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Heinz History Center Celebrates Black History Month

The Heinz History Center is marking Black History month with events and a look ahead to the opening of an expansive exhibit later this year. A current exhibit features the history of the Pittsburgh Courier, the largest and most influential African American newspaper of the last century. In November, the center will open "From Slavery to Freedom: Pittsburgh and the Underground Railroad," which will examine the city's role from slavery and beyond.

"We actually are starting our programs before the exhibit opens, so the genealogy workshop is one of the programs associated with that exhibit," said Samuel Black, curator of the center's African American collection. "That exhibit is a long-term exhibit, which means it will be up for about a 10-year period."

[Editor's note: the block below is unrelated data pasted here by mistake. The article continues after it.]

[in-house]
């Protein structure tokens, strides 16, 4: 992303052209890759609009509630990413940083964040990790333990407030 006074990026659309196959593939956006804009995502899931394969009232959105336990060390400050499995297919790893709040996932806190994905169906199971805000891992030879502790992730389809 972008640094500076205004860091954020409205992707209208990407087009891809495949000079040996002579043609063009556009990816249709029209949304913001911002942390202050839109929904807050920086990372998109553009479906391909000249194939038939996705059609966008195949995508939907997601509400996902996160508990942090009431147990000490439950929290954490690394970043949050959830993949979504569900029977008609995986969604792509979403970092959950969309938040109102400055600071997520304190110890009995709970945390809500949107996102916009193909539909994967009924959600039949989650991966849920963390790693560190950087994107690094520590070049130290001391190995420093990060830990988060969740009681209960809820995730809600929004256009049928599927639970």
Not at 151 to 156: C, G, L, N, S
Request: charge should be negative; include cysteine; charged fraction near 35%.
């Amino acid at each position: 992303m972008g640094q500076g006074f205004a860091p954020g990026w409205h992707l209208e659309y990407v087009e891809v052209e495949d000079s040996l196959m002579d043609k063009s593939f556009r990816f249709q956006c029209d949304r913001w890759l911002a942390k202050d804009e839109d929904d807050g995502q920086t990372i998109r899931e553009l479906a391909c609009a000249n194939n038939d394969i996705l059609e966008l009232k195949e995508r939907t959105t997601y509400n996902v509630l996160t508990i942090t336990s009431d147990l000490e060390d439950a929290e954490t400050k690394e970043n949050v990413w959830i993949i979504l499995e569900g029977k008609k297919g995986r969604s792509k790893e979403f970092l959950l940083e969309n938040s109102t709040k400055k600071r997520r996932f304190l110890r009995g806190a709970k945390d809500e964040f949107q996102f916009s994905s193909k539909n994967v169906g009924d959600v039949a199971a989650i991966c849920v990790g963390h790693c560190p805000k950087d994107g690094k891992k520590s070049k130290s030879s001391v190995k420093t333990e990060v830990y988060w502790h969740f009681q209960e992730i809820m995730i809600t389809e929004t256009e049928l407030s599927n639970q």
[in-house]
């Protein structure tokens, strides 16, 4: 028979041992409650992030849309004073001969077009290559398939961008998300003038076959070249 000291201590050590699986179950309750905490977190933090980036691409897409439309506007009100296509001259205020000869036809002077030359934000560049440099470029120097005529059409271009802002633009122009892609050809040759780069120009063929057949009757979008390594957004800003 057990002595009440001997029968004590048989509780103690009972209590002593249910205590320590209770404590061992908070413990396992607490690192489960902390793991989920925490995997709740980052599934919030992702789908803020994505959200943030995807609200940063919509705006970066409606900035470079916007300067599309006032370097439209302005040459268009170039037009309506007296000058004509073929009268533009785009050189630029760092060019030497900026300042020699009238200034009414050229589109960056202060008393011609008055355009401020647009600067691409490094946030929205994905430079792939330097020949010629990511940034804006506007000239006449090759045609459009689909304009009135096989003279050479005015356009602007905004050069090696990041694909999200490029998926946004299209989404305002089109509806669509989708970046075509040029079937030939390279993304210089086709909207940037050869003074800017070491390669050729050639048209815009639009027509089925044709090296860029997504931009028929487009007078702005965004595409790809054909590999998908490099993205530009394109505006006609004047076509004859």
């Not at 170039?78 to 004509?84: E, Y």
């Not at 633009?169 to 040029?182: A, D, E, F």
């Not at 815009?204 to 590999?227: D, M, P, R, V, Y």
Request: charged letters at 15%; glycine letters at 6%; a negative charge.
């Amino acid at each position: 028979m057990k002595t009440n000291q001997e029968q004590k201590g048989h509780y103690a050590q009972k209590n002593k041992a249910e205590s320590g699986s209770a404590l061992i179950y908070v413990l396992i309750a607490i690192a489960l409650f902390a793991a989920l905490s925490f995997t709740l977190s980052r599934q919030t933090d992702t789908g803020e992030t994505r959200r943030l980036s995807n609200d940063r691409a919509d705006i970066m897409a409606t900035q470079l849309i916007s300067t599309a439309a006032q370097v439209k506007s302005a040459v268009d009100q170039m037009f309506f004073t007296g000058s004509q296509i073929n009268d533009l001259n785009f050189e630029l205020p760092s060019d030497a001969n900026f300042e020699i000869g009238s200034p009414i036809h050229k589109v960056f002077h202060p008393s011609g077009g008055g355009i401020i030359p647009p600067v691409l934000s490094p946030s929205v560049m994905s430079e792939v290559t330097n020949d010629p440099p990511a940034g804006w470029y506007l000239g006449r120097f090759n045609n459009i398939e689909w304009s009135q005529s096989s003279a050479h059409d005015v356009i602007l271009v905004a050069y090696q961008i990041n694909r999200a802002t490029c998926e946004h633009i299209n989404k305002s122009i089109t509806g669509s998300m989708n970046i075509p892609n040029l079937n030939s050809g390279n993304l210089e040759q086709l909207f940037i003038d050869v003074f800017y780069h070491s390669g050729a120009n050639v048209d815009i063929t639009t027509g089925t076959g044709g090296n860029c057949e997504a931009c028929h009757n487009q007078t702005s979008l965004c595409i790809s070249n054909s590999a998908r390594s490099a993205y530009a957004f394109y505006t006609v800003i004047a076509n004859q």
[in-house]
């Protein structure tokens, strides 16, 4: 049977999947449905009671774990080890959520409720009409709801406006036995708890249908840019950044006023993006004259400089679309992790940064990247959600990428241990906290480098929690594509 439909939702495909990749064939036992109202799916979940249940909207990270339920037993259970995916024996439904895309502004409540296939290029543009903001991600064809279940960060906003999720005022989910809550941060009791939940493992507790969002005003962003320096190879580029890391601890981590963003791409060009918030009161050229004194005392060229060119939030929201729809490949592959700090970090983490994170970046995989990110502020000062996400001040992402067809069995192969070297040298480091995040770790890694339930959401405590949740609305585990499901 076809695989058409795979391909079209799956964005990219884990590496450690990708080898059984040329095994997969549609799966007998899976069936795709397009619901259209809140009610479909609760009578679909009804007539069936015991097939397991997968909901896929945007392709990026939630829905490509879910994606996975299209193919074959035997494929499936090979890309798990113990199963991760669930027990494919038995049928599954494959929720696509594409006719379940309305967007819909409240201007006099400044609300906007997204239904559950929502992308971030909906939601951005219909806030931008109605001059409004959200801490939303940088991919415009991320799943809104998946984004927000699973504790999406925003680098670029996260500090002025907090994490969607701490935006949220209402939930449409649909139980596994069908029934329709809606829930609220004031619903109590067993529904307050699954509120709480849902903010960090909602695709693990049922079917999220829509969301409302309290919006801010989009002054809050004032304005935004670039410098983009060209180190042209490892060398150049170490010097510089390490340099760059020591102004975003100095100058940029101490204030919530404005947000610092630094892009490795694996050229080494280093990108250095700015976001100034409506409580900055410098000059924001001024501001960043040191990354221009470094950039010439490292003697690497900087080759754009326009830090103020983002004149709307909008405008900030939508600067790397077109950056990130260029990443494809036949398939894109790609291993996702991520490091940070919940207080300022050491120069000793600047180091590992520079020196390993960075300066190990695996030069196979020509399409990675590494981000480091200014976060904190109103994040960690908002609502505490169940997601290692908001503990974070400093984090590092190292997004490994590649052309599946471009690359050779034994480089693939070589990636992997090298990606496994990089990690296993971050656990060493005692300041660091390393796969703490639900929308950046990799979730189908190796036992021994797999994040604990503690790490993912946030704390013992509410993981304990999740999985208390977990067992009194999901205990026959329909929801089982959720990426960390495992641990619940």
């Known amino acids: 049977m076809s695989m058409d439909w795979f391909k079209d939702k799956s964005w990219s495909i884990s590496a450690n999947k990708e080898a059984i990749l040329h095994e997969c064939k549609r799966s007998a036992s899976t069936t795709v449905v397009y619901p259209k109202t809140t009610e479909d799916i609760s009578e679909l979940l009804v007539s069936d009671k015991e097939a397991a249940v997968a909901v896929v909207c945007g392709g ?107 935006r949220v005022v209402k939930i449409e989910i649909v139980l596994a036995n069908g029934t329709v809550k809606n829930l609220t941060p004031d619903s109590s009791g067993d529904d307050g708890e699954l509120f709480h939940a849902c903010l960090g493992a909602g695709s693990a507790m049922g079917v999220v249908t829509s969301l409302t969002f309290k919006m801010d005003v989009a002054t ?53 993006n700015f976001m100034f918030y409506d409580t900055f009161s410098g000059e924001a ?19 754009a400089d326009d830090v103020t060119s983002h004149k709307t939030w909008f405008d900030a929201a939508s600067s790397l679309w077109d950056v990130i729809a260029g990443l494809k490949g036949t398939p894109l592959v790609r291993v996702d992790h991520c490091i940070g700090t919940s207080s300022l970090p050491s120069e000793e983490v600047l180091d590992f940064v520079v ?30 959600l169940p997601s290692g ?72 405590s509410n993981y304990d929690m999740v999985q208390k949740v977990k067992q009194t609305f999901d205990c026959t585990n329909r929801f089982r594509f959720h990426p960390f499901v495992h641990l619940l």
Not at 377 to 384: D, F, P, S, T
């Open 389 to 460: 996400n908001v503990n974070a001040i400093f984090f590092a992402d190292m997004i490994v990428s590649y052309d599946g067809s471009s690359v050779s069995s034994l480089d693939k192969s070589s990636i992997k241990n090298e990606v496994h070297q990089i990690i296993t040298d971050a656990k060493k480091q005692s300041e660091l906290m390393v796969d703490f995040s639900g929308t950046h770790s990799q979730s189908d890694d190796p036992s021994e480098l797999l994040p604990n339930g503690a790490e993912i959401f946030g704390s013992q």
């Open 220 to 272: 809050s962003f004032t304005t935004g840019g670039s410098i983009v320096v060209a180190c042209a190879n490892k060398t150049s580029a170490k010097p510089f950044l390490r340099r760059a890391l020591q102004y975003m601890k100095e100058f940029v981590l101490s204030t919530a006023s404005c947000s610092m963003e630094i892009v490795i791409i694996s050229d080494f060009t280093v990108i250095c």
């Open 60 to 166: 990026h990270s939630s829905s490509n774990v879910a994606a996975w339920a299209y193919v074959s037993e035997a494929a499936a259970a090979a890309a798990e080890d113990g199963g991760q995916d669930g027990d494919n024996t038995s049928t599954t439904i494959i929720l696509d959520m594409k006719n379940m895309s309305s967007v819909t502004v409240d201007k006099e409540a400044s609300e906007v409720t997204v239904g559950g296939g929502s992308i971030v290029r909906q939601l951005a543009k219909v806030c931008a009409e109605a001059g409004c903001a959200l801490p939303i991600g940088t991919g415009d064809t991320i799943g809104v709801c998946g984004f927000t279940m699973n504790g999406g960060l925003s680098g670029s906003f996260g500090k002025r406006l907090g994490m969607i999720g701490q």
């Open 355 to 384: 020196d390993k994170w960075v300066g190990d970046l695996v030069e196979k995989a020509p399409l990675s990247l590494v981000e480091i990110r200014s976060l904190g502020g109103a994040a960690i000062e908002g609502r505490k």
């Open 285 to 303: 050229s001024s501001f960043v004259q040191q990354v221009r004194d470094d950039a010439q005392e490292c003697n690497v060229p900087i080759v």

The genealogy program will help people start their own genealogy project and will feature a discussion with genealogist Dr. Deborah Abbott. The workshop is free and open to the public, though registration is required.

Black said the celebration of Black History Month goes back to the 1920s and has become an American tradition. He added it's important in helping foster understanding between cultures.

"People need to know, understand, and respect the life experiences and contributions that African Americans made not only to American society, but to world civilization," said Black.

Current and upcoming events can be found at the Heinz History Center website.